An end-on view of the conoid is sometimes obtained from frozen hydrated cytoskeletons of detergent-extracted parasites deposited onto holey carbon films (Fig. 8 C). Again, the conoid fibers give rise to spiral markings around the circumference of the conoid. Careful examination of these images reveals a periodic density modulation along some regions of these fibers (Fig. 8 D, arrows).
Longitudinal periodicities in individual conoid fibers (Fig. 8 B) are difficult to see by eye, but Fourier analysis of images from frozen hydrated samples reveals a rich set of periodic features. Power spectra were computed from individual conoid fibers that were digitally cut out of the image and digitally straightened. Summing the power spectra from several conoid fibers, clear 8- and 4-nm layer lines are visible (Fig. 9, top). This periodicity is characteristic of MAP-decorated microtubules (Amos and Klug, 1974; Amos, 1977; Kim et al., 1979; Murray, 1986a; Amos and Amos, 1991a). In a few cases, these two-layer lines could be seen in power spectra from individual conoid fibers. Remarkably, power spectra from conoid fiber images in glancing sections such as Fig. 4 B, whereas somewhat noisy, nevertheless showed the 8-nm longitudinal periodicity. The distribution of intensities along the equator of the power spectra (corresponding to the Fourier transform of the radial mass distribution of the object) is similar for subpellicular and intraconoid microtubules, but the outermost strong equatorial peak occurs at slightly smaller reciprocal space position for the conoid fibers than for the other two structures (5.4 nm vs. 5.0 nm). Weaker layer lines are also visible in the power spectra from some conoid fibers, suggesting that their true repeat length is 96 nm (Amos and Klug, 1974; Amos, 1977), as it is for the intraconoid and the subpellicular microtubules (Fig. 9, middle two spectra).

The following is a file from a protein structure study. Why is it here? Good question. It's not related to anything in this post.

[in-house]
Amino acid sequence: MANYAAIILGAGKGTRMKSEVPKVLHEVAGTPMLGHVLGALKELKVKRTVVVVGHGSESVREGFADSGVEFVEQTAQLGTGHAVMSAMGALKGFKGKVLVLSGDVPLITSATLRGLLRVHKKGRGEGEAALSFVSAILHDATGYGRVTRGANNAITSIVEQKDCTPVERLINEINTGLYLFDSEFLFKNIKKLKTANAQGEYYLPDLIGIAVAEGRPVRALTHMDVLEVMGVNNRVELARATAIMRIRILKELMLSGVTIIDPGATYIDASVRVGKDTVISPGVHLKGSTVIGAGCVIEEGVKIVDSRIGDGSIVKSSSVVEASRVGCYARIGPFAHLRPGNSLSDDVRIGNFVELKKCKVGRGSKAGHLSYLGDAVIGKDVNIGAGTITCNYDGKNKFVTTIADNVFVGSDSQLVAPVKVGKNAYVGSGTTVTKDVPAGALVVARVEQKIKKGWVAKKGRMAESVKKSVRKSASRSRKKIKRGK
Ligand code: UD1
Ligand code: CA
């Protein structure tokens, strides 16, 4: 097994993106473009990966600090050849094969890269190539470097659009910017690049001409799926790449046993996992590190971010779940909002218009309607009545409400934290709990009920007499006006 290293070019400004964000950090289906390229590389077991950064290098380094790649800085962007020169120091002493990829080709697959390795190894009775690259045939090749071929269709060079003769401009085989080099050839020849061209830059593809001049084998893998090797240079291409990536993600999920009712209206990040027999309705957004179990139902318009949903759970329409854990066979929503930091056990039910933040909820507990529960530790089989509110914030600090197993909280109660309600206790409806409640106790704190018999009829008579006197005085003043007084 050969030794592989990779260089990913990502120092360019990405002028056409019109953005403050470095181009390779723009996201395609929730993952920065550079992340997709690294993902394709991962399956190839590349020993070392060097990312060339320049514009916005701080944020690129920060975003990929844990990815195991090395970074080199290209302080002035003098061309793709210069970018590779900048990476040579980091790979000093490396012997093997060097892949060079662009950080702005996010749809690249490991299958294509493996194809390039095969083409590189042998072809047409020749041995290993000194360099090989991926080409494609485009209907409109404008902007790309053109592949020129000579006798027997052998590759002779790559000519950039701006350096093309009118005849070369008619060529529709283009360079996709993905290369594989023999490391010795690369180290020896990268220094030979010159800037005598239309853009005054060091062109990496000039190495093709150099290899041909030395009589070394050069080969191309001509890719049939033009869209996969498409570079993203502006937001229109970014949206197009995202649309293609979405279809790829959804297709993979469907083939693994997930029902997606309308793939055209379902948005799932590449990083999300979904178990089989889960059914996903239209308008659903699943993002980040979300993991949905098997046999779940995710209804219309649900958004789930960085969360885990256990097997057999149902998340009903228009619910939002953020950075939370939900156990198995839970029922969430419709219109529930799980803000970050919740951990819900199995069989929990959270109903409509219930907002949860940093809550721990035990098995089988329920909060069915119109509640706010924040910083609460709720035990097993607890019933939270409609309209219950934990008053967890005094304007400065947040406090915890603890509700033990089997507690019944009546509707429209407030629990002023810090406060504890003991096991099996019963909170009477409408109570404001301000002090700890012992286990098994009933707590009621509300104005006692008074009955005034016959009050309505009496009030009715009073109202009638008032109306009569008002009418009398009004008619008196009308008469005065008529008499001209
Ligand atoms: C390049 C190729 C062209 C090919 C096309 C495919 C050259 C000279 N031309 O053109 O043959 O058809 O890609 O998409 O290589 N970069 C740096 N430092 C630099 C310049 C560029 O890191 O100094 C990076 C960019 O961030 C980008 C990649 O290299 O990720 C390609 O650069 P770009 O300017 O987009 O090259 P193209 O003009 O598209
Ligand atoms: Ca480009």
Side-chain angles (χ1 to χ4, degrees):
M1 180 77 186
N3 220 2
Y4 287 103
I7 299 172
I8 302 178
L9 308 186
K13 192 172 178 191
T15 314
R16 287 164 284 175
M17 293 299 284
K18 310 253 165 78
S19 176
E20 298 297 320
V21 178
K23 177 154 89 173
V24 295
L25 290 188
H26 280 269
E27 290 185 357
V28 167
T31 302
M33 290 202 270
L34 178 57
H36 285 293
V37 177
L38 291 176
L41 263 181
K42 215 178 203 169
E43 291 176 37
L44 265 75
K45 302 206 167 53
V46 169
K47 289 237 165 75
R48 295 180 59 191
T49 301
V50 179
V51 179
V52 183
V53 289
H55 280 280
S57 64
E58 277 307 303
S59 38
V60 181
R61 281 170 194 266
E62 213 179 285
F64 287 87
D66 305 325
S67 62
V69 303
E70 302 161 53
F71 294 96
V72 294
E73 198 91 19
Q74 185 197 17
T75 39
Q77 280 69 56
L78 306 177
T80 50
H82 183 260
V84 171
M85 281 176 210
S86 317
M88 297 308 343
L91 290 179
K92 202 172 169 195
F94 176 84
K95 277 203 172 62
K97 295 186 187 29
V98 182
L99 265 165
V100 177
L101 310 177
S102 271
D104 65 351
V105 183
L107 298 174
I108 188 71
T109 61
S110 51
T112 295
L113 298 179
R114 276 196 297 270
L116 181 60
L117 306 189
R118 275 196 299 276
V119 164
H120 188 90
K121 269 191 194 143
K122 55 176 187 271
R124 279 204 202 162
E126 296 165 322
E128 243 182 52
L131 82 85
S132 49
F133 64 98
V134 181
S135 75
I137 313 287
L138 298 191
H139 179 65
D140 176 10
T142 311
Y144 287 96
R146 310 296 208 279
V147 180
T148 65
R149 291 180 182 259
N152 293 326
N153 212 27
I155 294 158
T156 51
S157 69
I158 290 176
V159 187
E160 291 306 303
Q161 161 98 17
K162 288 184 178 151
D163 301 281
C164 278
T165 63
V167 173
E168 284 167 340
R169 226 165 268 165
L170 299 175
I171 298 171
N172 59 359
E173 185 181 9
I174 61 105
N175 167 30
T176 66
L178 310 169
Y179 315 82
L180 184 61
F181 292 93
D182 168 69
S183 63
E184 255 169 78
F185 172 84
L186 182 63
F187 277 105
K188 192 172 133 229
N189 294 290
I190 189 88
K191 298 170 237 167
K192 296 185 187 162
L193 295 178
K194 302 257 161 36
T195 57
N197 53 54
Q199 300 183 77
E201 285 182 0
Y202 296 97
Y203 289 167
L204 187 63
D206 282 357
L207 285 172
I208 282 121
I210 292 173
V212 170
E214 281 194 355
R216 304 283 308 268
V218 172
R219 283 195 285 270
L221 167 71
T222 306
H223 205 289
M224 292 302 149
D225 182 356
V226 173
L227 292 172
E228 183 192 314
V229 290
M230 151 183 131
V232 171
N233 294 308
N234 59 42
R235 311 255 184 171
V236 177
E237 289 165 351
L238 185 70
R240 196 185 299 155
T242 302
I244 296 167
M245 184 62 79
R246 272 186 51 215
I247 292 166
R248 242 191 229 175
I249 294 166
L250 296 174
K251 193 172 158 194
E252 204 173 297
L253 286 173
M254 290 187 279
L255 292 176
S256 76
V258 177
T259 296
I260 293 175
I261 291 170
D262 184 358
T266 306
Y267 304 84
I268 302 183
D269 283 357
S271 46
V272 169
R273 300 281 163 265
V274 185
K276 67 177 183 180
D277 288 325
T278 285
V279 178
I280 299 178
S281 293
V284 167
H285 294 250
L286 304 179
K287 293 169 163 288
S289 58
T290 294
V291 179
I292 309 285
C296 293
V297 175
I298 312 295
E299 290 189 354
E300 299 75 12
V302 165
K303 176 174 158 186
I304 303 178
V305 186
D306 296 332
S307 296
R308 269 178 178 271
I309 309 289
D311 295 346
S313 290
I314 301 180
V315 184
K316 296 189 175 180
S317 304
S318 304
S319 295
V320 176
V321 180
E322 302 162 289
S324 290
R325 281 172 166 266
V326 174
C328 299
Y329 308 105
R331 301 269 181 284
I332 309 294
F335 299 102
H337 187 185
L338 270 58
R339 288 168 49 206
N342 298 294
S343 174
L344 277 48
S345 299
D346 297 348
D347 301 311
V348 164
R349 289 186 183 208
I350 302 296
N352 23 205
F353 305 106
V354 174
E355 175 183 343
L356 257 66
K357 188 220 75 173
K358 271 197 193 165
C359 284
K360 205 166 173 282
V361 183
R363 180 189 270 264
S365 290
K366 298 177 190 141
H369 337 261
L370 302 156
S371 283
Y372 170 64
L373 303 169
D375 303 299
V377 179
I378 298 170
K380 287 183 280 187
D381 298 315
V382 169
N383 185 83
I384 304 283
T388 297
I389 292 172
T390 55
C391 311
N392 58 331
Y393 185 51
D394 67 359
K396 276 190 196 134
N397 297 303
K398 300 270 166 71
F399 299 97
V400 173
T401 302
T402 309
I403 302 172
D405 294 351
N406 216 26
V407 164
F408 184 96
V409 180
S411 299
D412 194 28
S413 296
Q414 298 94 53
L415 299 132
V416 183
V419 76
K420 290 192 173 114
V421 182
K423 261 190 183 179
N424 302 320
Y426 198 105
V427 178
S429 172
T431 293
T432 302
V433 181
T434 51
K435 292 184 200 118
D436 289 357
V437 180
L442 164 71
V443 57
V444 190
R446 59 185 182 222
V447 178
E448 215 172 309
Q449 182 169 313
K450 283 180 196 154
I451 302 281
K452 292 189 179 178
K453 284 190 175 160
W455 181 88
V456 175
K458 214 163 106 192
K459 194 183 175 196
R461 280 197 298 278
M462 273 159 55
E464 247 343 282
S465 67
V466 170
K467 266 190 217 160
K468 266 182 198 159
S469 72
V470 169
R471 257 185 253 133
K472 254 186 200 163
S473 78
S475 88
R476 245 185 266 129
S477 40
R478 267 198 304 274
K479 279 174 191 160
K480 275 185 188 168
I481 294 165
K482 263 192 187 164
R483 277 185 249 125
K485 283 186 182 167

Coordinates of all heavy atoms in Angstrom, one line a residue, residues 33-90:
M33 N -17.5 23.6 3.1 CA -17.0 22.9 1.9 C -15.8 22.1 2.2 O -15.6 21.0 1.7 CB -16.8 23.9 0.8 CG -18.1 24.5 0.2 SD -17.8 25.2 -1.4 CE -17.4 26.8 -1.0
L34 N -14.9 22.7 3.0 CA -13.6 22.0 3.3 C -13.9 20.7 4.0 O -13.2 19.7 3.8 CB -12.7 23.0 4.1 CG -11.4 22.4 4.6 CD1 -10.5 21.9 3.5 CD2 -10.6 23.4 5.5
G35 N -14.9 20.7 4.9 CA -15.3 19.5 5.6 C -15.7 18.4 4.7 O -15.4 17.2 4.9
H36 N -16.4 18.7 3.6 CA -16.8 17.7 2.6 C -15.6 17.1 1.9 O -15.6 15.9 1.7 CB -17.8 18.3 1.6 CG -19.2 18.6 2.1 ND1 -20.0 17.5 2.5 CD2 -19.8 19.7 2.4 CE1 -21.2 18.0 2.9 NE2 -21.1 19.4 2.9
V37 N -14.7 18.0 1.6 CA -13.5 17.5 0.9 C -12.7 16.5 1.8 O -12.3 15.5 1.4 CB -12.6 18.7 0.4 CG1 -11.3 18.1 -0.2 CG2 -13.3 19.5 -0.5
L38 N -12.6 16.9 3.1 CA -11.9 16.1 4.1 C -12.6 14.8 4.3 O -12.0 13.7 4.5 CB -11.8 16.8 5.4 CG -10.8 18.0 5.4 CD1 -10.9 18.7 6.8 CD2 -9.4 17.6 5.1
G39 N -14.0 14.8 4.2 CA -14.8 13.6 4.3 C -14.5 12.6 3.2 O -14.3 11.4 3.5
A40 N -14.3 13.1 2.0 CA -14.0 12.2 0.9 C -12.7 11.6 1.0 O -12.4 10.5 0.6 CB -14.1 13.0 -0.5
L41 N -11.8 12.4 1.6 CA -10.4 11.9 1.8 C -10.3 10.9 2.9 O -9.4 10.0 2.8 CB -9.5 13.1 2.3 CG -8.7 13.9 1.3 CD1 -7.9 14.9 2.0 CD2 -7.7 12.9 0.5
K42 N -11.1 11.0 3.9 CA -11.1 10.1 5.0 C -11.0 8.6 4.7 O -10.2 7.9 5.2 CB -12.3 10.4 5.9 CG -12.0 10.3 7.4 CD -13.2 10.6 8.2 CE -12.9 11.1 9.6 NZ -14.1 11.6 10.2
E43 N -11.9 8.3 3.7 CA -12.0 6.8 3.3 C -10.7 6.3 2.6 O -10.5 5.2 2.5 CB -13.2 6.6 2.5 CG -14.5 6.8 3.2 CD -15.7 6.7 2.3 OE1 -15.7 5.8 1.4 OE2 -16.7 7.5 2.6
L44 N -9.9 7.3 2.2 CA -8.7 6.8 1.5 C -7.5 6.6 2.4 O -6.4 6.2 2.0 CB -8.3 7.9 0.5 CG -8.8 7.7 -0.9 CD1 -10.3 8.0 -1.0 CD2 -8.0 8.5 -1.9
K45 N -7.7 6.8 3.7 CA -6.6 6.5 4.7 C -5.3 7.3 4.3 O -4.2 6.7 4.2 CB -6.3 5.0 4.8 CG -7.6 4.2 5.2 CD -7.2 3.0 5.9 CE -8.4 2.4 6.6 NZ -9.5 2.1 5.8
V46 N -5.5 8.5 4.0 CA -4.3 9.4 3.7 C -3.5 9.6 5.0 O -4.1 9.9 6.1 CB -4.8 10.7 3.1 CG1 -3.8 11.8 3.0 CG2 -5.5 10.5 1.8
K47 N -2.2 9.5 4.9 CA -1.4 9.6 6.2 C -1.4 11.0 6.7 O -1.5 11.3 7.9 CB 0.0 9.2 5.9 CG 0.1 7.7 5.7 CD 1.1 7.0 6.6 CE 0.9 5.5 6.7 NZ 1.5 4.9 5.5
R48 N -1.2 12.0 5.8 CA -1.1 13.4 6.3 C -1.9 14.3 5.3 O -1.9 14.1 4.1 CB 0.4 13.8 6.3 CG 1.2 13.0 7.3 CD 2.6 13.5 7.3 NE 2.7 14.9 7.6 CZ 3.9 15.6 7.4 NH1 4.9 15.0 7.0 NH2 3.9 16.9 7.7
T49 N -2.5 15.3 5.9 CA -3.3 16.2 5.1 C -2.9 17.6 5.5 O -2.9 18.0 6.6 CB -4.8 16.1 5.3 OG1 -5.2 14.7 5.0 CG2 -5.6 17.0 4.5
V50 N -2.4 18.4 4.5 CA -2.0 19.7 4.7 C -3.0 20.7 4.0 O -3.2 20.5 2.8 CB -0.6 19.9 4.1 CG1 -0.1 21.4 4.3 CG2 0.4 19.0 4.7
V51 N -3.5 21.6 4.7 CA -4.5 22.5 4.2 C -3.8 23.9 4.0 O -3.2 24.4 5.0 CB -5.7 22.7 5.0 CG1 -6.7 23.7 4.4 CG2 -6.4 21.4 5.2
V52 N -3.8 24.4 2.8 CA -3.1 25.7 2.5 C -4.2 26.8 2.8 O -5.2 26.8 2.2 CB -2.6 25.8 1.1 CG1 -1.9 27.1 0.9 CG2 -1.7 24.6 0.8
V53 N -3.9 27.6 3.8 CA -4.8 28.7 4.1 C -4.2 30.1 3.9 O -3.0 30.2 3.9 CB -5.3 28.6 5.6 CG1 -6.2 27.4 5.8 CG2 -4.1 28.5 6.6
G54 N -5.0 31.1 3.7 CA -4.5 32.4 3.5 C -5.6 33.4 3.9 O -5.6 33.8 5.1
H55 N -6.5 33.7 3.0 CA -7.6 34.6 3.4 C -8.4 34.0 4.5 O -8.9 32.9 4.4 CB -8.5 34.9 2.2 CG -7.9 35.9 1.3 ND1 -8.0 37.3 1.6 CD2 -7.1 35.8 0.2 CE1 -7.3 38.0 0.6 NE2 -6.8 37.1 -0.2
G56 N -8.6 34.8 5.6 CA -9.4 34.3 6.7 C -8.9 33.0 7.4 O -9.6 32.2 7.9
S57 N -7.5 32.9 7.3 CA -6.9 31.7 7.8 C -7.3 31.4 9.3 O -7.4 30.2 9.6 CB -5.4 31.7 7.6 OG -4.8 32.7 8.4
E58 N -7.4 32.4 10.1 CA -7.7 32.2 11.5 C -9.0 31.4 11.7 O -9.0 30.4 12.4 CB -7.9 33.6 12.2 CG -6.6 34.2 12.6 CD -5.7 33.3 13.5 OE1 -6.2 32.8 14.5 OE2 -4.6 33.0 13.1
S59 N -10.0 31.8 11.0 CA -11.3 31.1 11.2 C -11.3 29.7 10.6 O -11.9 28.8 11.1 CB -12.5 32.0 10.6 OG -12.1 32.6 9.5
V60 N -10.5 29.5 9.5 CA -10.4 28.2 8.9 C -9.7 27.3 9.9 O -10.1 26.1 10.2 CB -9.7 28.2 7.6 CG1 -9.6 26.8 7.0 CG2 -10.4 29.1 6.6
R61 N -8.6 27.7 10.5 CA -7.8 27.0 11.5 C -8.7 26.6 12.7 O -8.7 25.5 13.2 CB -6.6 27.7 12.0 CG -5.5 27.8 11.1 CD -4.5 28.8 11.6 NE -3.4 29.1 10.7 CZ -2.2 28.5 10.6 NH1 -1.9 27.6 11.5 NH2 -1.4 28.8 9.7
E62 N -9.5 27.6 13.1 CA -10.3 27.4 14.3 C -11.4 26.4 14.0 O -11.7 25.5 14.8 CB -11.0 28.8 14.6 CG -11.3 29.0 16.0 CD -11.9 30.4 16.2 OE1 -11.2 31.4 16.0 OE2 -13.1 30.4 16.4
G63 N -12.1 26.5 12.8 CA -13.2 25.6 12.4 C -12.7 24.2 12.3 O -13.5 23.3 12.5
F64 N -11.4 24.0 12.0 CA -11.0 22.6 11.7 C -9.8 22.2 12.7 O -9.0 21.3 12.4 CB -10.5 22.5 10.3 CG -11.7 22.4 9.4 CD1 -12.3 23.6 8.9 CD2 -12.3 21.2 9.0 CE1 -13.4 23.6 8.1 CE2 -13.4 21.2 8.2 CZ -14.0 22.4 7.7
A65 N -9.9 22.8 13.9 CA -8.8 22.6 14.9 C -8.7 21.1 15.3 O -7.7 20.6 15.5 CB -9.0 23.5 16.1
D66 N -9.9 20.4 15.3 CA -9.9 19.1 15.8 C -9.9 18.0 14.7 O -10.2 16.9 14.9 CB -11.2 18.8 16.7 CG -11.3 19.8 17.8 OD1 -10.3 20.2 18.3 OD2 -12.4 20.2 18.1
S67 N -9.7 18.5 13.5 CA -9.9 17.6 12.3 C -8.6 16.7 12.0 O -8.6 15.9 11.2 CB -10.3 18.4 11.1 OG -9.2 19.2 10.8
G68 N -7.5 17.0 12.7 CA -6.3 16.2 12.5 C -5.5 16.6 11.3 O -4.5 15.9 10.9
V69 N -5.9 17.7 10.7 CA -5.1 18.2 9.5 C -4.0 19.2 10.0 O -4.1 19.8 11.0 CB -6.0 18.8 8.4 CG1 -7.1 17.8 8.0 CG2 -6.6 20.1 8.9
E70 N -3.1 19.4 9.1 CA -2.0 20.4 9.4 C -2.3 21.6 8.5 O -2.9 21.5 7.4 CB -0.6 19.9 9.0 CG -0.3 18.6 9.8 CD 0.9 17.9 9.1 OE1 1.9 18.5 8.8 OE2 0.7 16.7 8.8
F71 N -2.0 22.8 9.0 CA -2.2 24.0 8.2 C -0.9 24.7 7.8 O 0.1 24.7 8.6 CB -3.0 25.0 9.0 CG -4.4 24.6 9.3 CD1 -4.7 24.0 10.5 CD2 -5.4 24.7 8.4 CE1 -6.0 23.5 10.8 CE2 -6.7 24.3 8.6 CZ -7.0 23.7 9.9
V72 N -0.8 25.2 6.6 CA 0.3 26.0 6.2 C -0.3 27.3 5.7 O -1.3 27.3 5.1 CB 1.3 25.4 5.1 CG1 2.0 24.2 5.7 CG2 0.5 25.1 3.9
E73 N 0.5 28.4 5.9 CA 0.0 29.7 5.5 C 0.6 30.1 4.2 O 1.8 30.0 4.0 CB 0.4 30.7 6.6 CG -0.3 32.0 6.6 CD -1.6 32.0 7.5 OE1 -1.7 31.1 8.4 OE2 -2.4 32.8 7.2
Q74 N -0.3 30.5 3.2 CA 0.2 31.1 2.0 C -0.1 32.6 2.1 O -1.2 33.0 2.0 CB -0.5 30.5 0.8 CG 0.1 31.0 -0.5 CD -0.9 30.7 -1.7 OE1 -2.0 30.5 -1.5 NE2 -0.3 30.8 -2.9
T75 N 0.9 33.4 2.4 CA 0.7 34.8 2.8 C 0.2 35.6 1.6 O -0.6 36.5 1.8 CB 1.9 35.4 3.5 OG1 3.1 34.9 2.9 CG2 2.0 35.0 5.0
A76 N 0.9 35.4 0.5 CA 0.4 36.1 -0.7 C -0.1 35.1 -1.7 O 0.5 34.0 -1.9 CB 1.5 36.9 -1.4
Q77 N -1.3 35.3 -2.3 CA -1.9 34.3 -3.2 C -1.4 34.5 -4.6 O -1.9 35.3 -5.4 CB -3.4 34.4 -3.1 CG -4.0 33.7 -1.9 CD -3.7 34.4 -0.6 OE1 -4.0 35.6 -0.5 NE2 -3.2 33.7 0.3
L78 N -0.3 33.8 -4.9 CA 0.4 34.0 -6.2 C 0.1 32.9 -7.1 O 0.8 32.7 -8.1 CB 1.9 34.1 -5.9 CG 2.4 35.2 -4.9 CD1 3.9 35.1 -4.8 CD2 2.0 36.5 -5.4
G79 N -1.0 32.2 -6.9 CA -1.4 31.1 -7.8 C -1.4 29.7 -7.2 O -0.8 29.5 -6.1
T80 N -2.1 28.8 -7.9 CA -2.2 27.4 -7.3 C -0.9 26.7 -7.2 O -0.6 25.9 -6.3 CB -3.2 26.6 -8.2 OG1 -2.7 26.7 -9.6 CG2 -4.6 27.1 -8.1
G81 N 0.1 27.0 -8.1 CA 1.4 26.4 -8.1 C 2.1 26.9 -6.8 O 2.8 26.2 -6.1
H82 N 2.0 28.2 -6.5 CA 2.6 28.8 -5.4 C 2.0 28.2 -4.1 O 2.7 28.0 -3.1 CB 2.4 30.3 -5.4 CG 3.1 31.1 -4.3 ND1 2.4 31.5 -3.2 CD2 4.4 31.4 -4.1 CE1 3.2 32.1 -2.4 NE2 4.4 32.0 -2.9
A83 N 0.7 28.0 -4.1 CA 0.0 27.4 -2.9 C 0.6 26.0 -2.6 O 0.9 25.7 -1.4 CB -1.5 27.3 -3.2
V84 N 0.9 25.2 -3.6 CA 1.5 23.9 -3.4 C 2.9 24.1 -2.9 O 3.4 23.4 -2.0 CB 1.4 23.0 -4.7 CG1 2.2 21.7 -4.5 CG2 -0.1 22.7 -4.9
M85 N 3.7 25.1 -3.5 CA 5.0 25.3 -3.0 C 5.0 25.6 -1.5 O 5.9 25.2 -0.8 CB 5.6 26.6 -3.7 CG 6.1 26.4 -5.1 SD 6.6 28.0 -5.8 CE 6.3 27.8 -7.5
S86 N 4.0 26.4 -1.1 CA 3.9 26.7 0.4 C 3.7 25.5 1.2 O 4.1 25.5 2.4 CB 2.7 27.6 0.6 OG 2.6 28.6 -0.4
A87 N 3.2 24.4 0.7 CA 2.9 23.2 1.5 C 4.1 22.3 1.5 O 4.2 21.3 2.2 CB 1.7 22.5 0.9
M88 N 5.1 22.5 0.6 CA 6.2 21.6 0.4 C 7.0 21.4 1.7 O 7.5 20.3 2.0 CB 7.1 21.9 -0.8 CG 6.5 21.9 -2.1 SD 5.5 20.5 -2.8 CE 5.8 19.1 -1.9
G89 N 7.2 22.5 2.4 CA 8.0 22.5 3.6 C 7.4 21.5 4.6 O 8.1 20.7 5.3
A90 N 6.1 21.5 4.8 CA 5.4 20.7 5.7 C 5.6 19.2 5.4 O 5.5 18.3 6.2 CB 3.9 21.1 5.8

In all three types of tubulin polymers from T. gondii, the distribution of intensity along the layer lines is quite different from that typically observed for in vitro polymerized microtubules or undecorated microtubules purified from cells (Mandelkow and Mandelkow, 1985; Murray, 1991; Amos, 1995). An undecorated cellular microtubule, purified from fertilized sea urchin egg, is shown in Fig. 9 (bottom spectrum) for comparison. Note the presence of the 2-nm layer line (indicative of exceptionally good structural preservation) and the absence of layer lines for periodicities longer than 4 nm for this bare microtubule. In particular, the 8-nm dimer periodicity is undetectable, indicating that the difference between α- and β-tubulin is indiscernible in a bare microtubule by this technique. Filtered images of the various structures were generated by inverse transforming the Fourier transforms after masking to include only the strongest layer lines. This lengthwise averaging greatly increases the contrast of the longitudinal periodic repeats for the intraconoid, subpellicular, and bare cellular microtubules. Although this approach is less successful for the conoid fibers than for the microtubules (due to the very short lengths of straight fiber that are available), additional structure attributable to as-yet-unidentified proteins is evident in all three T. gondii structures.